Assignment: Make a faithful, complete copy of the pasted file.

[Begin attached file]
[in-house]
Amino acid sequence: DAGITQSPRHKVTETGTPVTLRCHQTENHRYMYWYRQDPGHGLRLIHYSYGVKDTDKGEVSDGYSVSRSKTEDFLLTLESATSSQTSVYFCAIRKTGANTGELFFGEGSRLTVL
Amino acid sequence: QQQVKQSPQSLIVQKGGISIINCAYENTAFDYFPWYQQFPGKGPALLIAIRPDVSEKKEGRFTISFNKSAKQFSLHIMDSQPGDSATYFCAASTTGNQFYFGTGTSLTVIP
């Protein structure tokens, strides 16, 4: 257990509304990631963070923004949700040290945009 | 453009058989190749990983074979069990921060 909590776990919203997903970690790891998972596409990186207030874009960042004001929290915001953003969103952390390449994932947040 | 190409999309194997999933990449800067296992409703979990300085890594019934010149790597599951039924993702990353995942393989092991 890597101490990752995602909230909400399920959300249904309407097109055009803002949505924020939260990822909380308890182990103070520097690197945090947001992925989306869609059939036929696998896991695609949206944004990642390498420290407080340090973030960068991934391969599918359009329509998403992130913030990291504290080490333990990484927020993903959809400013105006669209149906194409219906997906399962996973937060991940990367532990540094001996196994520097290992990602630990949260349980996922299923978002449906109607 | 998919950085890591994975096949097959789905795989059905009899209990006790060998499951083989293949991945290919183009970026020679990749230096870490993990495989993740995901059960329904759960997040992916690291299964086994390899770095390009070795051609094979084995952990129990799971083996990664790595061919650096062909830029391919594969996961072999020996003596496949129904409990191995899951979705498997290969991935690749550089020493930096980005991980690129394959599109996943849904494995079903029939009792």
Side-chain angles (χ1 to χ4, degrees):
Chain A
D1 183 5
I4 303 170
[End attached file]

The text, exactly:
[in-house]
Amino acid sequence: DAGITQSPRHKVTETGTPVTLRCHQTENHRYMYWYRQDPGHGLRLIHYSYGVKDTDKGEVSDGYSVSRSKTEDFLLTLESATSSQTSVYFCAIRKTGANTGELFFGEGSRLTVL
Amino acid sequence: QQQVKQSPQSLIVQKGGISIINCAYENTAFDYFPWYQQFPGKGPALLIAIRPDVSEKKEGRFTISFNKSAKQFSLHIMDSQPGDSATYFCAASTTGNQFYFGTGTSLTVIP
């Protein structure tokens, strides 16, 4: 257990509304990631963070923004949700040290945009 | 453009058989190749990983074979069990921060 909590776990919203997903970690790891998972596409990186207030874009960042004001929290915001953003969103952390390449994932947040 | 190409999309194997999933990449800067296992409703979990300085890594019934010149790597599951039924993702990353995942393989092991 890597101490990752995602909230909400399920959300249904309407097109055009803002949505924020939260990822909380308890182990103070520097690197945090947001992925989306869609059939036929696998896991695609949206944004990642390498420290407080340090973030960068991934391969599918359009329509998403992130913030990291504290080490333990990484927020993903959809400013105006669209149906194409219906997906399962996973937060991940990367532990540094001996196994520097290992990602630990949260349980996922299923978002449906109607 | 998919950085890591994975096949097959789905795989059905009899209990006790060998499951083989293949991945290919183009970026020679990749230096870490993990495989993740995901059960329904759960997040992916690291299964086994390899770095390009070795051609094979084995952990129990799971083996990664790595061919650096062909830029391919594969996961072999020996003596496949129904409990191995899951979705498997290969991935690749550089020493930096980005991980690129394959599109996943849904494995079903029939009792």
Side-chain angles (χ1 to χ4, degrees):
Chain A
D1 183 5
I4 303 170